Evaluating the Situation and Qualification of Trainers in Enterprises — A European Perspective«
Evaluate Europe Handbook Series, Volume 5
This fifth volume of the »Evaluate Europe Handbook Series« focuses on the situation and qualification of trainers in enterprises in a European perspective. Trainers in companies are responsible for the training of staff, apprentices, novices and others at work. Thereby, they are a catalyst and function as enablers in many different ways. They also give volunteers the chance and structure to learn and grow within a particular professional context. Through their expertise and commitment learning and work become integrated rather than being seen as contradictory. Furthermore, trainers may be able to prevent exploitation at the workplace. For their mentees, they are a key point of reference, not only in terms of passing on personal guidance. They also demonstrate that vocational learning is not a ‘mystery’ or secret activity, but can be learned systematically.
This publication shall help to better understand the situation of trainers in Europe. Ultimately, it seeks to also make a contribution towards identifying what is needed to make informal learning outside of schools and universities, but also in the context of professional careers, more effective.
Simone R. Haasler & Roland Tutschner
Evaluating the Situation and Qualification of Trainers in Enterprises – A European Perspective
Evaluate Europe Handbook Series Volume 5
ISSN 1861-6828, Bremen, 2011
You can also order a printed version against a small contribution towards expenses
(3.50 €) by sending an email order to Ms. Rita Quittenden: quitten(ät)uni-bremen.de.
Standardisation in TVET Teacher Education
This publication has emerged from the "First World Congress on Teacher Education for Technical and Vocational Education and Training (TVET)" which was dedicated to the theme "Shaping TVET-Teacher Education for the Changing World of Work" and which took place from July 21st to July 23rd, 2008 at Universitas Pendidikan Indonesia in Bandung, West Java. Organised in close cooperation between the Ministry of National Education of the Republic of Indonesia and the European Union Asia-Link Programme co-funded TT-TVET project partners, this congress had two foci: First to discuss at an international level what the essentials of TVET teacher education are in times, where more and more countries "rediscover" technical and vocational education and training as an important factor of national development and international cooperation, and second to tackle at the Indonesian, national level a fraction of the development challenges which are related to the recent teachers law and the expressed goal to enhance drastically the volume and the quality of Indonesian TVET in the coming years.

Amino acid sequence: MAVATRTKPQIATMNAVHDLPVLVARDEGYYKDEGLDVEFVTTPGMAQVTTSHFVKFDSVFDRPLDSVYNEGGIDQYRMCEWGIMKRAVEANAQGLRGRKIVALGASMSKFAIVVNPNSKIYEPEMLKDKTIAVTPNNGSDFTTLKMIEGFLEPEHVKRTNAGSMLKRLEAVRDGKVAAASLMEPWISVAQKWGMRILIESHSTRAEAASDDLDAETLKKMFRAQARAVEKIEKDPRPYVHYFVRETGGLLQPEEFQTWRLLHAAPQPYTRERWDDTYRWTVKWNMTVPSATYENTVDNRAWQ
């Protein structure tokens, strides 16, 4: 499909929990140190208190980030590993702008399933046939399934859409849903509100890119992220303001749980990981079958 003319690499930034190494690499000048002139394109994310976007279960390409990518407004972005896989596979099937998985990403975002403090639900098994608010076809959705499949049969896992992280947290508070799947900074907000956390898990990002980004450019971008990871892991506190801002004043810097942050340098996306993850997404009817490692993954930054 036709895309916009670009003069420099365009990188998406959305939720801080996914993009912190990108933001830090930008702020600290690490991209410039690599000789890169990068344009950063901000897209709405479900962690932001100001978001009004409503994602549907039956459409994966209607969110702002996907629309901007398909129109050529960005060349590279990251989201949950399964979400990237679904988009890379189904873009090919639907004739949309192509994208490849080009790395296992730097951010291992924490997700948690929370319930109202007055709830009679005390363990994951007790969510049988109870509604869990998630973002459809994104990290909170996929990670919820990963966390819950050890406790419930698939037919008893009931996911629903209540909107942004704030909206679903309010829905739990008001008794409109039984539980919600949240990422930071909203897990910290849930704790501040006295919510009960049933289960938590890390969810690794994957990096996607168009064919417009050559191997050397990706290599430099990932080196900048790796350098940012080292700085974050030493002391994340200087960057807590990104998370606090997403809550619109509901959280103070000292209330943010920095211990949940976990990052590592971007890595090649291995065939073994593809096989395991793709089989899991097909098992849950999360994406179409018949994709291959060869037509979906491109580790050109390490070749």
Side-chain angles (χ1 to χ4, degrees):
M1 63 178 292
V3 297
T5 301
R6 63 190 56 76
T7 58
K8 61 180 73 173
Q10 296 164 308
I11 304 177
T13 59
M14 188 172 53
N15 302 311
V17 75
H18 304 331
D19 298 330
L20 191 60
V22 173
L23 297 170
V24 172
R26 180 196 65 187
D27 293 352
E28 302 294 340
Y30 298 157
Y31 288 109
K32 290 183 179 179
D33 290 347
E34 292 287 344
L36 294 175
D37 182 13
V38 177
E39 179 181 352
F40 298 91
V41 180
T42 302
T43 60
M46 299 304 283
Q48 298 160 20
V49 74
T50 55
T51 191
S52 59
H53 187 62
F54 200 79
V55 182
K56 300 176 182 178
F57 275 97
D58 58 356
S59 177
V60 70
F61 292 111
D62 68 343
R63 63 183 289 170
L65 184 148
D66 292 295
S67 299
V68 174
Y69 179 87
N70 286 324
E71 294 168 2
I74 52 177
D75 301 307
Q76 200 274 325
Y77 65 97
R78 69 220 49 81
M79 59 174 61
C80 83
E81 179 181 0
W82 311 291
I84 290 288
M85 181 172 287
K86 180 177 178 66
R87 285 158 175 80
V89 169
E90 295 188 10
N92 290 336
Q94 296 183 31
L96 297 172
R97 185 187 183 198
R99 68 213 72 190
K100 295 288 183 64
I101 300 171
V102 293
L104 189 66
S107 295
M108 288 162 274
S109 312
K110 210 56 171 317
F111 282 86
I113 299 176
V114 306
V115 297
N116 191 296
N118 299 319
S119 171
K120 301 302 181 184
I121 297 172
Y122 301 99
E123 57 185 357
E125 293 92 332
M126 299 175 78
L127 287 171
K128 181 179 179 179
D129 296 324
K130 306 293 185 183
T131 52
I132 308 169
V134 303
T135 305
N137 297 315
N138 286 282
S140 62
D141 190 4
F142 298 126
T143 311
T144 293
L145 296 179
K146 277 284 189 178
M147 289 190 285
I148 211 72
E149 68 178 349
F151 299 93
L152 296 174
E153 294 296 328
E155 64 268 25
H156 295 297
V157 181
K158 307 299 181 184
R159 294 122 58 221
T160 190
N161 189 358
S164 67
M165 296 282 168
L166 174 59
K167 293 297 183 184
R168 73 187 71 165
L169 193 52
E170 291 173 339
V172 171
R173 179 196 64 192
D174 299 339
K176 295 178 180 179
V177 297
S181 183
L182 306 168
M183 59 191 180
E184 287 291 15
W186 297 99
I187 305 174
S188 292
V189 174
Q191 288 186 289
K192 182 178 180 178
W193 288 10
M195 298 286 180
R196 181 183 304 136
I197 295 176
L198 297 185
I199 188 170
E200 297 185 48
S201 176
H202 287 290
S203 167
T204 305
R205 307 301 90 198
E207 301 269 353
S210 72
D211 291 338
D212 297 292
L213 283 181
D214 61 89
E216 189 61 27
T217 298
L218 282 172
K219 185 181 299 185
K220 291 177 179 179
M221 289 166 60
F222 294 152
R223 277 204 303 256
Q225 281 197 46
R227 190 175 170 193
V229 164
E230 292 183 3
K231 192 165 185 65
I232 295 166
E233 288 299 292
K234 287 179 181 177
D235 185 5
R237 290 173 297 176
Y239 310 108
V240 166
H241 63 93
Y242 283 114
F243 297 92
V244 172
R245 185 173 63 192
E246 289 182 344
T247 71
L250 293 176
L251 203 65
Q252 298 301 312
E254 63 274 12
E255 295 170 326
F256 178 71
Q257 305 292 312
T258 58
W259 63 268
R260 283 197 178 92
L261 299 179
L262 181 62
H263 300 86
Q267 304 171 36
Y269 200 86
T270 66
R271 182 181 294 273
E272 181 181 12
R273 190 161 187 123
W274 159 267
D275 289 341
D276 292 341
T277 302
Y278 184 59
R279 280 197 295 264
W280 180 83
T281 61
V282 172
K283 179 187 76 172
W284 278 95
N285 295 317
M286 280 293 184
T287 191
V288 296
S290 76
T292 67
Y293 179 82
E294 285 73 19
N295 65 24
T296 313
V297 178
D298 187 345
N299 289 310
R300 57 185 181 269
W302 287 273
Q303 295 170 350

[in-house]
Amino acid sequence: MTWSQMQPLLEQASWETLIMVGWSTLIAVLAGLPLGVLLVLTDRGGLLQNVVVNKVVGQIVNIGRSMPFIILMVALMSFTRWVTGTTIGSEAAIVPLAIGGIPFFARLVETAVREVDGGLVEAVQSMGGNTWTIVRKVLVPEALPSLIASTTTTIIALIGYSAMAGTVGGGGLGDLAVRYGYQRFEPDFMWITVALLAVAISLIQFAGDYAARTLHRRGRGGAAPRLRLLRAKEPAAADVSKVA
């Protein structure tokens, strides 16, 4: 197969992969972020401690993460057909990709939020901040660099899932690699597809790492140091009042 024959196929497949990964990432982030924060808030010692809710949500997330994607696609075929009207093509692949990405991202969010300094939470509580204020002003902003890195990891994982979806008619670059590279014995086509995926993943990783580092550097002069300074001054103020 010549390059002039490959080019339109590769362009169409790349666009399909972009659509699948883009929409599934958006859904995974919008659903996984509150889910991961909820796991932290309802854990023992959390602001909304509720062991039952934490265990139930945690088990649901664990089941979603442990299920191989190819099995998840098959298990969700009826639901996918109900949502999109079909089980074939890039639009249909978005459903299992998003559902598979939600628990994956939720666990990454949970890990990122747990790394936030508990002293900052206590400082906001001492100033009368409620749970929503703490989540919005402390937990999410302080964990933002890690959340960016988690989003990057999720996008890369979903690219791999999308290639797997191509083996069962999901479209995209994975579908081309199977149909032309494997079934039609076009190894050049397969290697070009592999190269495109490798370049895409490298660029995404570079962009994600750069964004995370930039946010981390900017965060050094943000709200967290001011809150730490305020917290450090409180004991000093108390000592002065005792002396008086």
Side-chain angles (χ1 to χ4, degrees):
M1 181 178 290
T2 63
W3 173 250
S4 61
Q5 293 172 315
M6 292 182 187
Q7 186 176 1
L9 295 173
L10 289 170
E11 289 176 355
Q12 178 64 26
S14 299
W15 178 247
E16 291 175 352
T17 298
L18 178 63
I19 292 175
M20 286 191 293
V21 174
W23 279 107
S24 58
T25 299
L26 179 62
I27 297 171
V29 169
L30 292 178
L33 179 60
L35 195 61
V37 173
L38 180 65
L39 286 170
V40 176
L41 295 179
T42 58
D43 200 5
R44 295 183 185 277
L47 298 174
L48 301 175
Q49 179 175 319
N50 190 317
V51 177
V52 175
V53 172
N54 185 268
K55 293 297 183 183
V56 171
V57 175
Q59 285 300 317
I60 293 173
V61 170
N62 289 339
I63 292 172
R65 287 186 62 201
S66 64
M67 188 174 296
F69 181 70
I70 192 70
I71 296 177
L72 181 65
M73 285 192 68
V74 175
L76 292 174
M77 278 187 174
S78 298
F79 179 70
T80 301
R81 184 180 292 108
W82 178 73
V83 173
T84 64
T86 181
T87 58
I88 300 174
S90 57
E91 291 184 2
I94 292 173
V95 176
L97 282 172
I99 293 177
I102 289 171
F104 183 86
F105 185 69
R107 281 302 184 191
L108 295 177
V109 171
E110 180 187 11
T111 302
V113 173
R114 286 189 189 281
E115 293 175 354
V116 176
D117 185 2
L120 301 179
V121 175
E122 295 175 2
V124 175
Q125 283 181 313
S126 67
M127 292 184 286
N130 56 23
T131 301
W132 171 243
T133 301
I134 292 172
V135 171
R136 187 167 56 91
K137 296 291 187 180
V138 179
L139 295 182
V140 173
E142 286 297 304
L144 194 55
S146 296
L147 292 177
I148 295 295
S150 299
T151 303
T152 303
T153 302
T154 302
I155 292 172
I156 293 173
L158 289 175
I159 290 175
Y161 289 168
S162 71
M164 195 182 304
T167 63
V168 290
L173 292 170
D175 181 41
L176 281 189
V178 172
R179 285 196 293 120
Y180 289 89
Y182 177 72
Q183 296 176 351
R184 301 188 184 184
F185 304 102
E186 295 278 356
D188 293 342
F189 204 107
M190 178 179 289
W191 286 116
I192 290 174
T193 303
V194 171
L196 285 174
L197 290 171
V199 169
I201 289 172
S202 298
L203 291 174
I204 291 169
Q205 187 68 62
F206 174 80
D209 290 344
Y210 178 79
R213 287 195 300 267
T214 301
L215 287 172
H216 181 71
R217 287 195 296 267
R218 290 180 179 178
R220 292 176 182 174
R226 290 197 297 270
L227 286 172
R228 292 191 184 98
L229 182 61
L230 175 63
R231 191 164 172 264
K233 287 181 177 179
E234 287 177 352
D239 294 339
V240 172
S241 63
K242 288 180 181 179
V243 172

Joachim Dittrich/Jailani Md Yunos/Georg Spöttl/Masriam Bukit (eds.)
Standardisation in TVET Teacher Education
Peter Lang: Frankfurt am Main, Berlin, Bern, Bruxelles, New York, Oxford, Wien, 2009.
200 p., with tables and graphics
Berufliche Bildung in Forschung, Schule und Arbeitswelt.
Published by Georg Spöttl und Falk Howe. Vol. 4
ISBN 978-3-631-58636-5 · hardback. € 34.80
"Re-Engineering" Dual Training — The Malaysian Experience
Gert Loose/Georg Spöttl/Yusoff Md. Sahir (eds.)
“Re-Engineering” Dual Training – The Malaysian Experience
Frankfurt/Main, Berlin, Bern, Bruxelles, New York, Oxford, Vienna, 2008. 181 pp., num., tab. and graph. Vocational Education and Training: Research and Practice. Edited by Georg Spöttl and Falk Howe. Vol. 1, ISBN 978-3-631-57722-6 · pb. € 34.80*/US-$ 50.95/ £ 24.40
"Re-Engineering" Dual Training – The Malaysian Experience shows how a new industrial country is successfully pursuing the aim to ensure the extremely swift increase of economic development by initiatives and concepts for the qualification of skilled workers.
This publication reflects the analysis of best practice in training which centers around the workplace in lead countries as well as the philosophy, policies and procedures of the emerging Malaysian National Dual System. Excellence in high-tech work must be based on excellence in training. Training based on targeting specific competencies was seen as a way to achieve this excellence. However, this apparently logical approach, which seemed to make it the panacea for meeting today's pressing high-tech training needs, has failed to keep its promise. Yet, its undisputable contribution to the development of highly effective training has been to create awareness that the necessary accountability of training can only be secured through the definition of occupational standards. However, when they only reflect the immediate work which has to be carried out at the workplace, occupational standards seemingly fall short. The rapidly changing context of work also needs to be reflected, and therefore a new focus on the workprocess is needed to guide the necessary reorientation in training.